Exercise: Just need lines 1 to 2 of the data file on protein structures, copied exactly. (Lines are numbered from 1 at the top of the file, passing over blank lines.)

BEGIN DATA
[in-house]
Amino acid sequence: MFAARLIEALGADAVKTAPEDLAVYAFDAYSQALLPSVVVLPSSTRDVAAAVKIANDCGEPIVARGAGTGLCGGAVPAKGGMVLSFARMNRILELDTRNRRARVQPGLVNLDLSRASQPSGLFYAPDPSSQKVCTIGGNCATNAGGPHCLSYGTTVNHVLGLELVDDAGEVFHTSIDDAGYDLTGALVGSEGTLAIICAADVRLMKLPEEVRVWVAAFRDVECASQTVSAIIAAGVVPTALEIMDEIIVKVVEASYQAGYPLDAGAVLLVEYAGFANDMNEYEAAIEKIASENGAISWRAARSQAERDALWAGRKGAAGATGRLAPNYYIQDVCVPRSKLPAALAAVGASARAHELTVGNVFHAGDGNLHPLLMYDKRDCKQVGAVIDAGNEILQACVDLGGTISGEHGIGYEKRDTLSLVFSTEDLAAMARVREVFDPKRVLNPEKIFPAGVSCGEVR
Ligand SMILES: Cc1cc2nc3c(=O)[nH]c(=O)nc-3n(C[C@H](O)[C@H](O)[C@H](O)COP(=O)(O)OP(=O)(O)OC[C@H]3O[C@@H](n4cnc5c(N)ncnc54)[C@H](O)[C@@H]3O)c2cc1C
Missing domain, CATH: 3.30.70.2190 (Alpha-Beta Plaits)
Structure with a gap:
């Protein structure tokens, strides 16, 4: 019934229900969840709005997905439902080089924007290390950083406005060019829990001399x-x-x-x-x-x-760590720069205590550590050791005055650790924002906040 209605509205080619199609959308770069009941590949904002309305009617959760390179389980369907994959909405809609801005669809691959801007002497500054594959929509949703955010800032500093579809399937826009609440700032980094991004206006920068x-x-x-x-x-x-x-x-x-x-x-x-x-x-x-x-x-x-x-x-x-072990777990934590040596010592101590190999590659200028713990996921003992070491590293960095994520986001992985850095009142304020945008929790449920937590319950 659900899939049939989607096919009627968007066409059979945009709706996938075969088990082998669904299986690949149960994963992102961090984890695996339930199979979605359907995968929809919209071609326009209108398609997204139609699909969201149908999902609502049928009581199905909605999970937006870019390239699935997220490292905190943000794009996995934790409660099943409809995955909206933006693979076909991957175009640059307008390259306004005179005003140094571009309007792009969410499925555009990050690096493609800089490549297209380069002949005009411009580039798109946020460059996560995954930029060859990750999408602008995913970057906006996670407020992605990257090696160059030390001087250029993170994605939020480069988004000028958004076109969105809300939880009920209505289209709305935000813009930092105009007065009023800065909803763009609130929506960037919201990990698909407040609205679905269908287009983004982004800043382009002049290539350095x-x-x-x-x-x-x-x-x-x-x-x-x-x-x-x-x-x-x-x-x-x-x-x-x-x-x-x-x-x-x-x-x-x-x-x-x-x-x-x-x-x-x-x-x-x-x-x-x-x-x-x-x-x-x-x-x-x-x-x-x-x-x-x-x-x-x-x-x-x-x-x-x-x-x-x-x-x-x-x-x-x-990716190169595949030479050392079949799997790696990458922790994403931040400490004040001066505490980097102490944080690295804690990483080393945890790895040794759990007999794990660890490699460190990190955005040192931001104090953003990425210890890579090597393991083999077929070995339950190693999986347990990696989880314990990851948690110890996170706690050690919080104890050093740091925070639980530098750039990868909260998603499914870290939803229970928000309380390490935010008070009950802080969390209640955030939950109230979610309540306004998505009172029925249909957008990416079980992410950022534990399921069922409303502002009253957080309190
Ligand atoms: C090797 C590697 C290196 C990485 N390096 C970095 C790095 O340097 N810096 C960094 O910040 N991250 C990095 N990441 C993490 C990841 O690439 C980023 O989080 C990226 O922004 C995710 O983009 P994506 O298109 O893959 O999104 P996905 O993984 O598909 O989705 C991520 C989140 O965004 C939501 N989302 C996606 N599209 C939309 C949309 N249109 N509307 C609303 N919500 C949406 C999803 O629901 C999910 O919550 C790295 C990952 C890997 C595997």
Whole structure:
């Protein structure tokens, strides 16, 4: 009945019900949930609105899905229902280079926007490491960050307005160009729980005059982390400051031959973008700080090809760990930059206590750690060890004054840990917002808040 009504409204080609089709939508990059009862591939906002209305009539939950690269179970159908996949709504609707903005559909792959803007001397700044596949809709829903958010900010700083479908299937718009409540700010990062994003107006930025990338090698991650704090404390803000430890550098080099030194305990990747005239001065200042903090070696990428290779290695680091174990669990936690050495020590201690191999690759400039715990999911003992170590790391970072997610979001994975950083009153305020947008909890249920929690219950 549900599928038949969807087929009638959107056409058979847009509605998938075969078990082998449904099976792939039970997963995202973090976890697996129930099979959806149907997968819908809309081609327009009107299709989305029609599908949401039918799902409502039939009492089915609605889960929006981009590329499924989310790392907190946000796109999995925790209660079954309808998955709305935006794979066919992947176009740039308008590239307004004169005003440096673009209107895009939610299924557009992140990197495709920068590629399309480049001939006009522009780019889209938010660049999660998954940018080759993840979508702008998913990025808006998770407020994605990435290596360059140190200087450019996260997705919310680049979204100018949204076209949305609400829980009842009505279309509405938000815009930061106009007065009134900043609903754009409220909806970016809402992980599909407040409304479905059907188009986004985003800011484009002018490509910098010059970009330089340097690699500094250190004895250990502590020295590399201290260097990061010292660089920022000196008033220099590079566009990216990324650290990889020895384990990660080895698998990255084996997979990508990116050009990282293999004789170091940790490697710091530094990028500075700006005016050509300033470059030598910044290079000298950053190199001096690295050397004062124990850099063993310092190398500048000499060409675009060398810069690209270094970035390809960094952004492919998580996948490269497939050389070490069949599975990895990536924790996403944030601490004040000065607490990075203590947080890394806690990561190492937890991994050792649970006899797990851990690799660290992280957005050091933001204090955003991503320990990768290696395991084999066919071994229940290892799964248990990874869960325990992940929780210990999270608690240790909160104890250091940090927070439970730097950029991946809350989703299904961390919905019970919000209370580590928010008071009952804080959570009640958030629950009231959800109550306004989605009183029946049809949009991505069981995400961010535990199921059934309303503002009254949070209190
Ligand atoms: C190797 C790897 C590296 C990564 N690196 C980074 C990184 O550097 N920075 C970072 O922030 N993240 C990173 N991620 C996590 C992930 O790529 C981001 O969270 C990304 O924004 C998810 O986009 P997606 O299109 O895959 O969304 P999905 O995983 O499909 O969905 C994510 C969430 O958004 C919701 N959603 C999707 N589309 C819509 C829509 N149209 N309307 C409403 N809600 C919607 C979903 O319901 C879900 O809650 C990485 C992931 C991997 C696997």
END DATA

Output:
[in-house]
Amino acid sequence: MFAARLIEALGADAVKTAPEDLAVYAFDAYSQALLPSVVVLPSSTRDVAAAVKIANDCGEPIVARGAGTGLCGGAVPAKGGMVLSFARMNRILELDTRNRRARVQPGLVNLDLSRASQPSGLFYAPDPSSQKVCTIGGNCATNAGGPHCLSYGTTVNHVLGLELVDDAGEVFHTSIDDAGYDLTGALVGSEGTLAIICAADVRLMKLPEEVRVWVAAFRDVECASQTVSAIIAAGVVPTALEIMDEIIVKVVEASYQAGYPLDAGAVLLVEYAGFANDMNEYEAAIEKIASENGAISWRAARSQAERDALWAGRKGAAGATGRLAPNYYIQDVCVPRSKLPAALAAVGASARAHELTVGNVFHAGDGNLHPLLMYDKRDCKQVGAVIDAGNEILQACVDLGGTISGEHGIGYEKRDTLSLVFSTEDLAAMARVREVFDPKRVLNPEKIFPAGVSCGEVR